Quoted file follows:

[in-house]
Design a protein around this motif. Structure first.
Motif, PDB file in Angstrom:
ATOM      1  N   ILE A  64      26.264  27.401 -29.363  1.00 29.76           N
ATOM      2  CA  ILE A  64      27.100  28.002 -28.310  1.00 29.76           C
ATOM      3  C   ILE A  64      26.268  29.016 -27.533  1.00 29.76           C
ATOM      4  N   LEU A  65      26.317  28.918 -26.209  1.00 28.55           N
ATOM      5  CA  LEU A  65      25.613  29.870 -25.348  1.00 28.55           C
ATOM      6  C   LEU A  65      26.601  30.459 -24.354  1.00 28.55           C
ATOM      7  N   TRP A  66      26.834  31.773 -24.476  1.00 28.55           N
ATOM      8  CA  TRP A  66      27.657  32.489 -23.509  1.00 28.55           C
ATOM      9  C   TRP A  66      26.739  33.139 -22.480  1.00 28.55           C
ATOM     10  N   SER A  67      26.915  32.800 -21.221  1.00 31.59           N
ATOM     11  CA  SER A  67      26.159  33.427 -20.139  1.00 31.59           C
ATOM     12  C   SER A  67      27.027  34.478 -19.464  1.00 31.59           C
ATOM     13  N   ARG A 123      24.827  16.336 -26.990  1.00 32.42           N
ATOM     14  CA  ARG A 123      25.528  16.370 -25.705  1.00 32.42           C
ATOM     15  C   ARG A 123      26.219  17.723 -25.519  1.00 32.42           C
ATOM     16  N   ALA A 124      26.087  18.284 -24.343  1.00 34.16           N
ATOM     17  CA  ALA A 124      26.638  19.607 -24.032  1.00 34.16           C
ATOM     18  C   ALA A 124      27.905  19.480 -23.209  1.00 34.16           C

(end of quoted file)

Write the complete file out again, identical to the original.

[in-house]
Design a protein around this motif. Structure first.
Motif, PDB file in Angstrom:
ATOM      1  N   ILE A  64      26.264  27.401 -29.363  1.00 29.76           N
ATOM      2  CA  ILE A  64      27.100  28.002 -28.310  1.00 29.76           C
ATOM      3  C   ILE A  64      26.268  29.016 -27.533  1.00 29.76           C
ATOM      4  N   LEU A  65      26.317  28.918 -26.209  1.00 28.55           N
ATOM      5  CA  LEU A  65      25.613  29.870 -25.348  1.00 28.55           C
ATOM      6  C   LEU A  65      26.601  30.459 -24.354  1.00 28.55           C
ATOM      7  N   TRP A  66      26.834  31.773 -24.476  1.00 28.55           N
ATOM      8  CA  TRP A  66      27.657  32.489 -23.509  1.00 28.55           C
ATOM      9  C   TRP A  66      26.739  33.139 -22.480  1.00 28.55           C
ATOM     10  N   SER A  67      26.915  32.800 -21.221  1.00 31.59           N
ATOM     11  CA  SER A  67      26.159  33.427 -20.139  1.00 31.59           C
ATOM     12  C   SER A  67      27.027  34.478 -19.464  1.00 31.59           C
ATOM     13  N   ARG A 123      24.827  16.336 -26.990  1.00 32.42           N
ATOM     14  CA  ARG A 123      25.528  16.370 -25.705  1.00 32.42           C
ATOM     15  C   ARG A 123      26.219  17.723 -25.519  1.00 32.42           C
ATOM     16  N   ALA A 124      26.087  18.284 -24.343  1.00 34.16           N
ATOM     17  CA  ALA A 124      26.638  19.607 -24.032  1.00 34.16           C
ATOM     18  C   ALA A 124      27.905  19.480 -23.209  1.00 34.16           C